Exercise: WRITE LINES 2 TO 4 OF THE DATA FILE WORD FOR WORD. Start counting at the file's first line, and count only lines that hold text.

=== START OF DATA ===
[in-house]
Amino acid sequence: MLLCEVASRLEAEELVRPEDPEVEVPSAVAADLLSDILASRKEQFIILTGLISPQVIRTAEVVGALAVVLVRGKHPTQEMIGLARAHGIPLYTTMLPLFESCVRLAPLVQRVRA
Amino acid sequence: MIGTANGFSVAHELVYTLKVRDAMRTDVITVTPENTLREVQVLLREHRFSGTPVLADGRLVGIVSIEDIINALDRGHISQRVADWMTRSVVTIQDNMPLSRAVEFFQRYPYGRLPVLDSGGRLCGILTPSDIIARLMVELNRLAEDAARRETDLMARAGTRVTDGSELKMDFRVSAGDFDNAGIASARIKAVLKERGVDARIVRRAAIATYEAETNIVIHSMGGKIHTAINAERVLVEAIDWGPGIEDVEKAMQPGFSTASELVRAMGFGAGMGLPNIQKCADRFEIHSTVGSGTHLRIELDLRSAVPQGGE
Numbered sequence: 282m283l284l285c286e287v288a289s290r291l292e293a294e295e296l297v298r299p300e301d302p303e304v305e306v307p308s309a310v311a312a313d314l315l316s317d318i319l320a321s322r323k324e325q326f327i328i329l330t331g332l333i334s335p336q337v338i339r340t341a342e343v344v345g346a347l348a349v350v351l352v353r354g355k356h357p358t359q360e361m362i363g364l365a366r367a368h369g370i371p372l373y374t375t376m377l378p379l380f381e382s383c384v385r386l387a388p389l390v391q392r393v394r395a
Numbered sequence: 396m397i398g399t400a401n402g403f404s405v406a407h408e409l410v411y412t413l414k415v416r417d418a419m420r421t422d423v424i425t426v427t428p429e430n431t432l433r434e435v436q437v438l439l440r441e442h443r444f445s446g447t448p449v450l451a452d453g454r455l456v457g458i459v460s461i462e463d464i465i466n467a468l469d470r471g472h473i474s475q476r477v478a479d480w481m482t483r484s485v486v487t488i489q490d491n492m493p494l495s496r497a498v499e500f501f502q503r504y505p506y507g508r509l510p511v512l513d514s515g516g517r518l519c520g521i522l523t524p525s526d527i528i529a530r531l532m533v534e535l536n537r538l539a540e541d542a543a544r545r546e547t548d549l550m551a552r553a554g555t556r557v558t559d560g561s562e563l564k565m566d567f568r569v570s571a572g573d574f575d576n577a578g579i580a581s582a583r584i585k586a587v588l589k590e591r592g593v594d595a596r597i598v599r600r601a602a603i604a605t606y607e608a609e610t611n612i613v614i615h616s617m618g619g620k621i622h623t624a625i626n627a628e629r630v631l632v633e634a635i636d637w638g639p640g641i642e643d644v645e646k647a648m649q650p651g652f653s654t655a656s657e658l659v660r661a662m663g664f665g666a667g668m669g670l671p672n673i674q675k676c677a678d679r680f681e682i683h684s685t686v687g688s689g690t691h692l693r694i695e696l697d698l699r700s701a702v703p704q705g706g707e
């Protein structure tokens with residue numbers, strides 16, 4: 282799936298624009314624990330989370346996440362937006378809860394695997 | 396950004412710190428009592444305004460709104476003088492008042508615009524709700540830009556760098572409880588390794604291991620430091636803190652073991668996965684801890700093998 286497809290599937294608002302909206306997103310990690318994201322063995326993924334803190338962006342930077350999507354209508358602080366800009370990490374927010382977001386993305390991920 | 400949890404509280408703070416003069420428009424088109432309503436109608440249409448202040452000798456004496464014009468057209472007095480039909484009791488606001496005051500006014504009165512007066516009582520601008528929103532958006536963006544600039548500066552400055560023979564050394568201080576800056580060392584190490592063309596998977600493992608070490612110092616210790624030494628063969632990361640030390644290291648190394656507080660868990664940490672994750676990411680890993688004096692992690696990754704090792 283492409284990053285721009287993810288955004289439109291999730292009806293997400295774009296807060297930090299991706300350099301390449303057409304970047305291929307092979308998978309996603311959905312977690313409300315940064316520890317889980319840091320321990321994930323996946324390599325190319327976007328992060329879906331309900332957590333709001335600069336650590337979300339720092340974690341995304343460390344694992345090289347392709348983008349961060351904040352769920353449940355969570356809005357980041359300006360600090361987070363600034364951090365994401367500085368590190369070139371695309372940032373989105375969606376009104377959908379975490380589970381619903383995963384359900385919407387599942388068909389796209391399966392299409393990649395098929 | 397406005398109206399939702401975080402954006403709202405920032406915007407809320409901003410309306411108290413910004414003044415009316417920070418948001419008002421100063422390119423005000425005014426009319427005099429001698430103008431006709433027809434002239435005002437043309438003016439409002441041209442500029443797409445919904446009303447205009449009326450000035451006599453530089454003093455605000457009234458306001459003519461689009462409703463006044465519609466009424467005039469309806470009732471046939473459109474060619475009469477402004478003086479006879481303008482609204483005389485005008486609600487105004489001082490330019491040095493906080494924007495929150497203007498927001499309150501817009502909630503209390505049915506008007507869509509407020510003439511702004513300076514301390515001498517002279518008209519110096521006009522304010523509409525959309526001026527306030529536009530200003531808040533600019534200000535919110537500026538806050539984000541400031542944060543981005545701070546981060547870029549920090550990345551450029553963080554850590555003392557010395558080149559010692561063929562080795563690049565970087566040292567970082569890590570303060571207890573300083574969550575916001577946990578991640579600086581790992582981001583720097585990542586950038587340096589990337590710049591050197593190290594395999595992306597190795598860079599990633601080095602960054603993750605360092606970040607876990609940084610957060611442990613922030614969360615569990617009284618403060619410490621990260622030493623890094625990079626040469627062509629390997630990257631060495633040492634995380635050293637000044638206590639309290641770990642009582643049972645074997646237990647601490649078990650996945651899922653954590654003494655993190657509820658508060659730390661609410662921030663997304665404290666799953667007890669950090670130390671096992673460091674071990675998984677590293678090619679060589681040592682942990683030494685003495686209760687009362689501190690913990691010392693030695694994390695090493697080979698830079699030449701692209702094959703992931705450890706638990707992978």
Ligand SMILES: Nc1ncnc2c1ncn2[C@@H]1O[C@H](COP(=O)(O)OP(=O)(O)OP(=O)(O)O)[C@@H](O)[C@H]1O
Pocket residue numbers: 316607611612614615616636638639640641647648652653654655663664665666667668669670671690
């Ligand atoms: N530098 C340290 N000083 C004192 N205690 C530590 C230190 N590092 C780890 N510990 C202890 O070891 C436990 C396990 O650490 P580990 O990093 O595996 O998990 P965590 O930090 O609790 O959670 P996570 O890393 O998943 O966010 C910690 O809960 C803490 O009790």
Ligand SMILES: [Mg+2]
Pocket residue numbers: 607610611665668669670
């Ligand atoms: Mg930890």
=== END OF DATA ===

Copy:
Amino acid sequence: MLLCEVASRLEAEELVRPEDPEVEVPSAVAADLLSDILASRKEQFIILTGLISPQVIRTAEVVGALAVVLVRGKHPTQEMIGLARAHGIPLYTTMLPLFESCVRLAPLVQRVRA
Amino acid sequence: MIGTANGFSVAHELVYTLKVRDAMRTDVITVTPENTLREVQVLLREHRFSGTPVLADGRLVGIVSIEDIINALDRGHISQRVADWMTRSVVTIQDNMPLSRAVEFFQRYPYGRLPVLDSGGRLCGILTPSDIIARLMVELNRLAEDAARRETDLMARAGTRVTDGSELKMDFRVSAGDFDNAGIASARIKAVLKERGVDARIVRRAAIATYEAETNIVIHSMGGKIHTAINAERVLVEAIDWGPGIEDVEKAMQPGFSTASELVRAMGFGAGMGLPNIQKCADRFEIHSTVGSGTHLRIELDLRSAVPQGGE
Numbered sequence: 282m283l284l285c286e287v288a289s290r291l292e293a294e295e296l297v298r299p300e301d302p303e304v305e306v307p308s309a310v311a312a313d314l315l316s317d318i319l320a321s322r323k324e325q326f327i328i329l330t331g332l333i334s335p336q337v338i339r340t341a342e343v344v345g346a347l348a349v350v351l352v353r354g355k356h357p358t359q360e361m362i363g364l365a366r367a368h369g370i371p372l373y374t375t376m377l378p379l380f381e382s383c384v385r386l387a388p389l390v391q392r393v394r395a